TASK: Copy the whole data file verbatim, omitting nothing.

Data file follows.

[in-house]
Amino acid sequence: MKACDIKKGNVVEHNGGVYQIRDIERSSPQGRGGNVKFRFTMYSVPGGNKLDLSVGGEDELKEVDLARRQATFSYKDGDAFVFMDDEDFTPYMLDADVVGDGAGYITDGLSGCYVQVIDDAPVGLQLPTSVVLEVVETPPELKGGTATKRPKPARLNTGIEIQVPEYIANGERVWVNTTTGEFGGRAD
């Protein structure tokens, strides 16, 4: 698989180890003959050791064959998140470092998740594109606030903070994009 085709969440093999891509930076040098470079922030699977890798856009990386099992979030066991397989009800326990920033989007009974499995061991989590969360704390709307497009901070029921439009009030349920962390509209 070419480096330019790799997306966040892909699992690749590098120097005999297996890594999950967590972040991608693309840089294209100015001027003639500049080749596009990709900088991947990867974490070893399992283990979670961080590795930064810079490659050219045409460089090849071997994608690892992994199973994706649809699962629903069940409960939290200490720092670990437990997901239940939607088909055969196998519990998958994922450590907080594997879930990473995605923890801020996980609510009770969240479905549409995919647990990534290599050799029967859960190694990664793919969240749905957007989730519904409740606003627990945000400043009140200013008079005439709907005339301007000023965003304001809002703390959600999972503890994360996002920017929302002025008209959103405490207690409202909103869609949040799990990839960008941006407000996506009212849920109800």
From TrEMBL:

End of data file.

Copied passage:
[in-house]
Amino acid sequence: MKACDIKKGNVVEHNGGVYQIRDIERSSPQGRGGNVKFRFTMYSVPGGNKLDLSVGGEDELKEVDLARRQATFSYKDGDAFVFMDDEDFTPYMLDADVVGDGAGYITDGLSGCYVQVIDDAPVGLQLPTSVVLEVVETPPELKGGTATKRPKPARLNTGIEIQVPEYIANGERVWVNTTTGEFGGRAD
């Protein structure tokens, strides 16, 4: 698989180890003959050791064959998140470092998740594109606030903070994009 085709969440093999891509930076040098470079922030699977890798856009990386099992979030066991397989009800326990920033989007009974499995061991989590969360704390709307497009901070029921439009009030349920962390509209 070419480096330019790799997306966040892909699992690749590098120097005999297996890594999950967590972040991608693309840089294209100015001027003639500049080749596009990709900088991947990867974490070893399992283990979670961080590795930064810079490659050219045409460089090849071997994608690892992994199973994706649809699962629903069940409960939290200490720092670990437990997901239940939607088909055969196998519990998958994922450590907080594997879930990473995605923890801020996980609510009770969240479905549409995919647990990534290599050799029967859960190694990664793919969240749905957007989730519904409740606003627990945000400043009140200013008079005439709907005339301007000023965003304001809002703390959600999972503890994360996002920017929302002025008209959103405490207690409202909103869609949040799990990839960008941006407000996506009212849920109800």
From TrEMBL: